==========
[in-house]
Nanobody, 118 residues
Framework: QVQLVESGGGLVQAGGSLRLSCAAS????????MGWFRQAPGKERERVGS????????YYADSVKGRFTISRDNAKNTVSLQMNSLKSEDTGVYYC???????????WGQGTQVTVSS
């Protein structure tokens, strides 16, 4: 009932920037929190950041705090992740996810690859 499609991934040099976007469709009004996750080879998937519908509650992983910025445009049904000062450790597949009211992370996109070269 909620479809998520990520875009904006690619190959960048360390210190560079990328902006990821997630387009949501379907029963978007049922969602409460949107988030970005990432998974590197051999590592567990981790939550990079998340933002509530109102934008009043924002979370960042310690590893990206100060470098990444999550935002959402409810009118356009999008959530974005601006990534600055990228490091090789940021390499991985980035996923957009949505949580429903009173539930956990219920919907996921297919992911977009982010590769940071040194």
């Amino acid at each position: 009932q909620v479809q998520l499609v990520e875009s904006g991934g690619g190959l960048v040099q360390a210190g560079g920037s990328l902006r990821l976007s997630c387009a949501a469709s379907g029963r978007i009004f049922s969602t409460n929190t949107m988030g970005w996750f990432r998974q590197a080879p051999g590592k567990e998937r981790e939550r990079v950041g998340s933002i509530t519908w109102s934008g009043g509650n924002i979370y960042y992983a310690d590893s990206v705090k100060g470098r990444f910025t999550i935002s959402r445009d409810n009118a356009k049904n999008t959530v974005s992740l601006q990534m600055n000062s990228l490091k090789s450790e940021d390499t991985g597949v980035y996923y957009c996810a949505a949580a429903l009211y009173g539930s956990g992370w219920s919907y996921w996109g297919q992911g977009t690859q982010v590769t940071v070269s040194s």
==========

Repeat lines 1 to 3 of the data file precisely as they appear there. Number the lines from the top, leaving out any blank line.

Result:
[in-house]
Nanobody, 118 residues
Framework: QVQLVESGGGLVQAGGSLRLSCAAS????????MGWFRQAPGKERERVGS????????YYADSVKGRFTISRDNAKNTVSLQMNSLKSEDTGVYYC???????????WGQGTQVTVSS